Science News

Twinning Tech to make Electricity from Waste Water

Sun, 4th Mar 2012

Ben Valsler

Listen Now    Download as mp3 from the show Wattage from Waste and Watching Our Water

By combining two existing but limited technologies, researchers in America have devised a novel way to generate electricity from waste water and all it took was a pinch of the right salt.

The two technologies are Microbial Fuel Cells (MFC) and Reverse Electrodialysis (RED).  MFCs use naturally occurring microbe species known as Exo-electrogenic bacteria, which break down organic matter and release electrons, creating a voltage.

(c) Image courtesy of Bruce Logan" alt="Microbial Reverse-Electrodialysis Cell" />RED relies on a salinity gradient, using seawater and freshwater separated by a stack of selectively permeable membranes that only allow either positive or negative ions through.  These membranes are connected to electrodes, and together contribute to an electric current.  Each membrane only provides a small amount to the current, so a working RED cell requires many layers of membrane.  To keep the supply of sea- and fresh-water, RED systems presently need to be built by the coast, and when using natural water sources, suffer from fouling unless the water is extensively filtered first.

By combining MFCs with RED and feeding in waste freshwater, Professor Bruce E. Logan at colleagues at Penn State University were able to make a "Microbial Reverse-electrodialysis Cell" or MRC, that not only generated significantly more energy than a fuel cell alone, but also needed fewer membranes than a traditional RED.

By using ammonium bicarbonate as their salt source instead of seawater, they were able to increase the efficiency and sever the tie to coastal regions.  Ammonium bicarbonate solution is easily produced using waste heat, and can be reclaimed and recycled within the system.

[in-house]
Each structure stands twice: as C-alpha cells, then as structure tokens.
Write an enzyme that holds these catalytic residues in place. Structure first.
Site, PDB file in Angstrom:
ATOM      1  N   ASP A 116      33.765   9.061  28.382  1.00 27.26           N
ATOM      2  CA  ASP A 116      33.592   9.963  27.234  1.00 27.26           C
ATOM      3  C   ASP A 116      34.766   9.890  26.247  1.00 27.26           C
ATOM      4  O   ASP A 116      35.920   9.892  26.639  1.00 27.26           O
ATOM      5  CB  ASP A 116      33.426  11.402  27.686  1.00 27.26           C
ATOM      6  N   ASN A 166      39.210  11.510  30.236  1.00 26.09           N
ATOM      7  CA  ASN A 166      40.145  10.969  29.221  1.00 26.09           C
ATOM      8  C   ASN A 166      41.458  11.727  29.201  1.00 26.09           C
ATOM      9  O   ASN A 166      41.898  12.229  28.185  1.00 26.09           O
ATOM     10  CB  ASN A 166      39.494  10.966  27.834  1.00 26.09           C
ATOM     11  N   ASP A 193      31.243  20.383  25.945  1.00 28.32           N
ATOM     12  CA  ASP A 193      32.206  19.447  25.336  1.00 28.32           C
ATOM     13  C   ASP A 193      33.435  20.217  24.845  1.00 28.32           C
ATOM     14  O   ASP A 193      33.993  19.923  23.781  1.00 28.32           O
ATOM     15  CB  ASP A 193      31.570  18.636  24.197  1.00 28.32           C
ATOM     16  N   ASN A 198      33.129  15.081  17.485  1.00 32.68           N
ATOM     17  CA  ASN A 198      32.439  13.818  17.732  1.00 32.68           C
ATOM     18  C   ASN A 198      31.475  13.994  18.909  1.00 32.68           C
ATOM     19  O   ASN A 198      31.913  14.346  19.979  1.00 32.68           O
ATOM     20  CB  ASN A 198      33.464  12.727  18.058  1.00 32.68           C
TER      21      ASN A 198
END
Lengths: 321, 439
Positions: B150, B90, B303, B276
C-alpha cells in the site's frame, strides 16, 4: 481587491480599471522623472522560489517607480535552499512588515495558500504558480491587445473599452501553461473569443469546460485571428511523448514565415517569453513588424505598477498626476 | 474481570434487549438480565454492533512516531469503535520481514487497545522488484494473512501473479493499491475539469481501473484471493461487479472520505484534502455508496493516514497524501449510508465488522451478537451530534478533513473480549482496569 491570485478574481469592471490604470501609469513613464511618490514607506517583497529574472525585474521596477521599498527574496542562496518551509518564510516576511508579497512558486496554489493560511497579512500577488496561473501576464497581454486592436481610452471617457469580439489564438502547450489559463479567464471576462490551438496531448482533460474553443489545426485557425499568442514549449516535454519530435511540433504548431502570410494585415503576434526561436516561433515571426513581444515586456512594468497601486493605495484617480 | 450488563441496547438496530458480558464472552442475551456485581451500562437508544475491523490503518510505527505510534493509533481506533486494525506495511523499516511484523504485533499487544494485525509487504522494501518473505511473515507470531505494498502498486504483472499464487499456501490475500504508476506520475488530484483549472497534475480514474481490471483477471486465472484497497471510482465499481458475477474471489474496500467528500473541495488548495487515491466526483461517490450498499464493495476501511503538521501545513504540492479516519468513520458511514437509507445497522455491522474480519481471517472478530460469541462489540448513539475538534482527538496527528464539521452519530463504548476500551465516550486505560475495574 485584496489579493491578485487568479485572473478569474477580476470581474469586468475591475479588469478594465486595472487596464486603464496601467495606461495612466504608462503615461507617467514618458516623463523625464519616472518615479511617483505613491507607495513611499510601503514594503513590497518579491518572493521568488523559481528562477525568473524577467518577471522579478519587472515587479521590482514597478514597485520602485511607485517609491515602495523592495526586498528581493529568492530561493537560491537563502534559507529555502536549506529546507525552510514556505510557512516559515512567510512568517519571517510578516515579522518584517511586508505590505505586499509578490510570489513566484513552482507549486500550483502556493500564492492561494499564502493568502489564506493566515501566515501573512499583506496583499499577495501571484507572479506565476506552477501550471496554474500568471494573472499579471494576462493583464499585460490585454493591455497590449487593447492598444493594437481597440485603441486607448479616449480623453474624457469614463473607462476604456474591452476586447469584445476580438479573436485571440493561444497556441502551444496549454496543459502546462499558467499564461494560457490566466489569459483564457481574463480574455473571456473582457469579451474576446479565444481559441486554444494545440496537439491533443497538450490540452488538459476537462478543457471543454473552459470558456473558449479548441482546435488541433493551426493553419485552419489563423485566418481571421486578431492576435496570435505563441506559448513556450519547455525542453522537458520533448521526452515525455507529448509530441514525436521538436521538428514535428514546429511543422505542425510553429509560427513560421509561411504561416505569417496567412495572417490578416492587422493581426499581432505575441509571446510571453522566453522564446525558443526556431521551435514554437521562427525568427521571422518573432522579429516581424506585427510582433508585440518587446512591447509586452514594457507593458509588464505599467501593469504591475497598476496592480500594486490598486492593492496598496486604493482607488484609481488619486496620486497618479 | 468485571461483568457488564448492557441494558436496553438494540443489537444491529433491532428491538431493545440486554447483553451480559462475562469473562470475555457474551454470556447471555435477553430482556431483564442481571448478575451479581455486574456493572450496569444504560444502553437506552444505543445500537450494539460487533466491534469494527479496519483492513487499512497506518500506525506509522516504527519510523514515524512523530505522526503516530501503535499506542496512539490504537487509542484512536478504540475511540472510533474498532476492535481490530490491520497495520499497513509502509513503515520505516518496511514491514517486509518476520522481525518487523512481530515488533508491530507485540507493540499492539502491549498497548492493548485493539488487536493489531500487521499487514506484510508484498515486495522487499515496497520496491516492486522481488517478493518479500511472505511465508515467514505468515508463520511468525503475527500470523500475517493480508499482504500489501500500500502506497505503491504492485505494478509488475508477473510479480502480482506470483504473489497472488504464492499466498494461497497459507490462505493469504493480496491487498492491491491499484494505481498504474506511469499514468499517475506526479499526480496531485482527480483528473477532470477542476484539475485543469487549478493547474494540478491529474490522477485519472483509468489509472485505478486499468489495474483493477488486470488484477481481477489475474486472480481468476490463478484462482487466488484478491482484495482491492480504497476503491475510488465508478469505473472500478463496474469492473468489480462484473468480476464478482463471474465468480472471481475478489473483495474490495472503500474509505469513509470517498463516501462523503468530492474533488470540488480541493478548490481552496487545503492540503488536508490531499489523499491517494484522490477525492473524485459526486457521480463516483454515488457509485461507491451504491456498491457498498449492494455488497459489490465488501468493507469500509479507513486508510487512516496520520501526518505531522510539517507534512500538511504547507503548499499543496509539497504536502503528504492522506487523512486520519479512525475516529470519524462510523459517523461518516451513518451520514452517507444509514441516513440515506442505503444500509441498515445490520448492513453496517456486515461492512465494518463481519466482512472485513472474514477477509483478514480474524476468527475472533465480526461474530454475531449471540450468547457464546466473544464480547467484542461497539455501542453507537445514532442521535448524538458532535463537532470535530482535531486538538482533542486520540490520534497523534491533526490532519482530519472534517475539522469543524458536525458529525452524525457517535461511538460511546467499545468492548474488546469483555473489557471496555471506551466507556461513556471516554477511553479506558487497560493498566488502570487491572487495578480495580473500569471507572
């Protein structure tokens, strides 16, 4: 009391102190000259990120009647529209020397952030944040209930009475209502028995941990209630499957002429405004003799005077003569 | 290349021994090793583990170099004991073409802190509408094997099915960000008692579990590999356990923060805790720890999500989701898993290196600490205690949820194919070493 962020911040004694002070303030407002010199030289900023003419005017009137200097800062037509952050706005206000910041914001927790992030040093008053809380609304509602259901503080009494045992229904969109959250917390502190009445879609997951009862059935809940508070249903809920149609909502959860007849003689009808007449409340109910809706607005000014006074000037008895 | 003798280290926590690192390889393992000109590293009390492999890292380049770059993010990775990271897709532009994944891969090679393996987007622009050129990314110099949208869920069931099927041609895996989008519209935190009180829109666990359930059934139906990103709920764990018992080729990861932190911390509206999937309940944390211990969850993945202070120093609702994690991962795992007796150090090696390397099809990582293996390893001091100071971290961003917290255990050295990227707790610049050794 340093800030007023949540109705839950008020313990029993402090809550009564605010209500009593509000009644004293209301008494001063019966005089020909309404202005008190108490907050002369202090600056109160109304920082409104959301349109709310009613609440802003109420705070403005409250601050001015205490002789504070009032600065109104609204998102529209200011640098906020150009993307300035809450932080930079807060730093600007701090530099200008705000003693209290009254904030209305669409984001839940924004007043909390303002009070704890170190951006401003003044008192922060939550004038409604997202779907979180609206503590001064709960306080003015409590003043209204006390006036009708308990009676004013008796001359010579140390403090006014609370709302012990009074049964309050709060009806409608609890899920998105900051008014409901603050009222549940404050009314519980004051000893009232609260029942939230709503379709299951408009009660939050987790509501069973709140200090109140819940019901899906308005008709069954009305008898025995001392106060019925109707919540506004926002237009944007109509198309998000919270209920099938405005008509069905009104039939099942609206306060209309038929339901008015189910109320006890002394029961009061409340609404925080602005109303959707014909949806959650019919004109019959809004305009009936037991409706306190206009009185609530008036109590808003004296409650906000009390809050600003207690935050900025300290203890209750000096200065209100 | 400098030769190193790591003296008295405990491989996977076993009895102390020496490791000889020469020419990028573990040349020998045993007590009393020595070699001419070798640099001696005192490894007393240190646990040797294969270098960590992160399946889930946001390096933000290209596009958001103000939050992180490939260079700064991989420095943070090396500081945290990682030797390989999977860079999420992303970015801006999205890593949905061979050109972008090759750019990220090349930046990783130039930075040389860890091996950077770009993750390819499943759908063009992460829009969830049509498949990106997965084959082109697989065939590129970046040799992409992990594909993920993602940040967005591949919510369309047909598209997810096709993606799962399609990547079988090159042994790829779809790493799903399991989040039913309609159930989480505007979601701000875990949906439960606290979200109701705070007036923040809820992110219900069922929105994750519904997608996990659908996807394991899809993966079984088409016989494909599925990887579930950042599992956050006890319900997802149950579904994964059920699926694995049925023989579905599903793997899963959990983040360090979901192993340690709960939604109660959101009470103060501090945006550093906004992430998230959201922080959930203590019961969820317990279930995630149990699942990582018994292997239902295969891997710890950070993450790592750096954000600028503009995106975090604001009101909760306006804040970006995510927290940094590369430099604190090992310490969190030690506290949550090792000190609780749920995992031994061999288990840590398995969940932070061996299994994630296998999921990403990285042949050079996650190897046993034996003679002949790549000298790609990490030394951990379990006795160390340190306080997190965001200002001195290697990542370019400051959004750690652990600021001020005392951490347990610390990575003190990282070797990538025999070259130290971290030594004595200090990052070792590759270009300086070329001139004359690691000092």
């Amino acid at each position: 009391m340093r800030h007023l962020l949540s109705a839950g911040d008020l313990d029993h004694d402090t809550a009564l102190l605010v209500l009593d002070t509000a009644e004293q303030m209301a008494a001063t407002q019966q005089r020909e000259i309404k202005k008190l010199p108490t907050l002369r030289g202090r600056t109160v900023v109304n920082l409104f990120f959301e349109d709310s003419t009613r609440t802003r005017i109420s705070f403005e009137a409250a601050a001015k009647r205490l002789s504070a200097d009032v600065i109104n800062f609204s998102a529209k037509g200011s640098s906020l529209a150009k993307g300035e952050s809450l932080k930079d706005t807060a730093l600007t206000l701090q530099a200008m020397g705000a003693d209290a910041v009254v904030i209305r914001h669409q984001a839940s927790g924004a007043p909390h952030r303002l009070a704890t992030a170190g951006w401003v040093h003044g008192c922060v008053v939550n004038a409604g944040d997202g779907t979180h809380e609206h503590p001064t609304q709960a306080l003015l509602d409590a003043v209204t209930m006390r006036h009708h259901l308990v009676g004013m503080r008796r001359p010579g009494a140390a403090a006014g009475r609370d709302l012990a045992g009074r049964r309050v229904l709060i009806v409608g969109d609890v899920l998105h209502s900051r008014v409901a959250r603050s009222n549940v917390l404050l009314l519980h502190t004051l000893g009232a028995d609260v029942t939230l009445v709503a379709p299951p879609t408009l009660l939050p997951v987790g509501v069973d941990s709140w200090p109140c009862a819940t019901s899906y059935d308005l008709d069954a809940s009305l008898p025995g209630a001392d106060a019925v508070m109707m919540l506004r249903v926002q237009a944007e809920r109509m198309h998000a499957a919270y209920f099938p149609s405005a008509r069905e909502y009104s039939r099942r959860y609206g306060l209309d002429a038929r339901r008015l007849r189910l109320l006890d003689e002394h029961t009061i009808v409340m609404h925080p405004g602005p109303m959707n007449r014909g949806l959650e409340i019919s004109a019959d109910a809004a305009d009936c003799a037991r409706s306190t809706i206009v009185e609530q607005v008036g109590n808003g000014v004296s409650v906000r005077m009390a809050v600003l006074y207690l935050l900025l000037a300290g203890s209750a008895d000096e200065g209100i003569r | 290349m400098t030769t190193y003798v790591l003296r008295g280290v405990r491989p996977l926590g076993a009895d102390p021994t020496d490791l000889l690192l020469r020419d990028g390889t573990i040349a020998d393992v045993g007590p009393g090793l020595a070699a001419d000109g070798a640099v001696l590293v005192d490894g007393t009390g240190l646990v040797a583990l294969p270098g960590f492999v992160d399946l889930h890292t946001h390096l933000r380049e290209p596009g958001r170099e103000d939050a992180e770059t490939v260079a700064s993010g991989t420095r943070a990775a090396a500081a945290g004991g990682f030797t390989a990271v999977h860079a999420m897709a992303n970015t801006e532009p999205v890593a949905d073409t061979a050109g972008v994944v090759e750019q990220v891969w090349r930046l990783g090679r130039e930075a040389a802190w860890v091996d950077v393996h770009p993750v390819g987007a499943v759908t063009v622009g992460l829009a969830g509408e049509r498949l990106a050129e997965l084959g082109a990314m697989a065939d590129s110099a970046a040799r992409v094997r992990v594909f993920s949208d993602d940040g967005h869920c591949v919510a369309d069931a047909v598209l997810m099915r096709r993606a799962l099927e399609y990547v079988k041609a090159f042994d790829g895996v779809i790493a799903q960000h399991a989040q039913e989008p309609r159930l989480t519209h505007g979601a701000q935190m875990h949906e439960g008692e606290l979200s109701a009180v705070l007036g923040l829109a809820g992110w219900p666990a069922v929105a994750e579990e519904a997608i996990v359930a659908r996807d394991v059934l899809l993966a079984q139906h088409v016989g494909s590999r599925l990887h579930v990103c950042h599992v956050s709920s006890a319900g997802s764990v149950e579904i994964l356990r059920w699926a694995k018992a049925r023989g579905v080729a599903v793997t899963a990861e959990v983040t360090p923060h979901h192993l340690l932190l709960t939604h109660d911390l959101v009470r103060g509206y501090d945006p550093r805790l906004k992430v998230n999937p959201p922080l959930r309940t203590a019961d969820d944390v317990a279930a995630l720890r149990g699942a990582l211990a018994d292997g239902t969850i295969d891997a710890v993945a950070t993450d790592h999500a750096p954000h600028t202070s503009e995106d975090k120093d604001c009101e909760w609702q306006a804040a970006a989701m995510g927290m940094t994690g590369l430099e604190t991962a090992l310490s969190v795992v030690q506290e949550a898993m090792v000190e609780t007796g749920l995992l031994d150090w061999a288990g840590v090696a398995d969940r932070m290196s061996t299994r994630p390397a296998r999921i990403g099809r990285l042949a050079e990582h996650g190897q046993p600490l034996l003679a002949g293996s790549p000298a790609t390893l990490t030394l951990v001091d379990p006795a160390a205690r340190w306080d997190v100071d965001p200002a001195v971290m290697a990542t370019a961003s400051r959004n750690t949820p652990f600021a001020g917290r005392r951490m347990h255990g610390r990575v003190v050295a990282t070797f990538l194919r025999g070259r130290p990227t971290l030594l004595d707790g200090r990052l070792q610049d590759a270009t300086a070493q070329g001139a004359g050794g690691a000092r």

Logan and colleagues argue that this technology could tip the energy balance of water purification, as their system helped to purify waste water while generating 0.94 kilowatt-hours of electricity per kilogram.  Traditional treatment of waste water with activated sludge consumes 1.2 kilowatt-hours per kilogram of organic matter.  This would provide a strong incentive to build MRC treatment plants in energy poor areas providing both power and sanitised water.



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I think so, and hopefully that will be the case.

It's a bit off-topic, but later during the record, in the second interview the lady says that we won't run out of NOx in the near future, rather, that there are other other minerals that are more scarce.

Do you have any idea of which ones these are?
rare earth minerals maybe (dysprosium, terbium, lutetium ...
which have been identified by the US Dept of Energy as vital for the future of the Clean Technologies

rafa rafaelos, Sat, 24th Mar 2012

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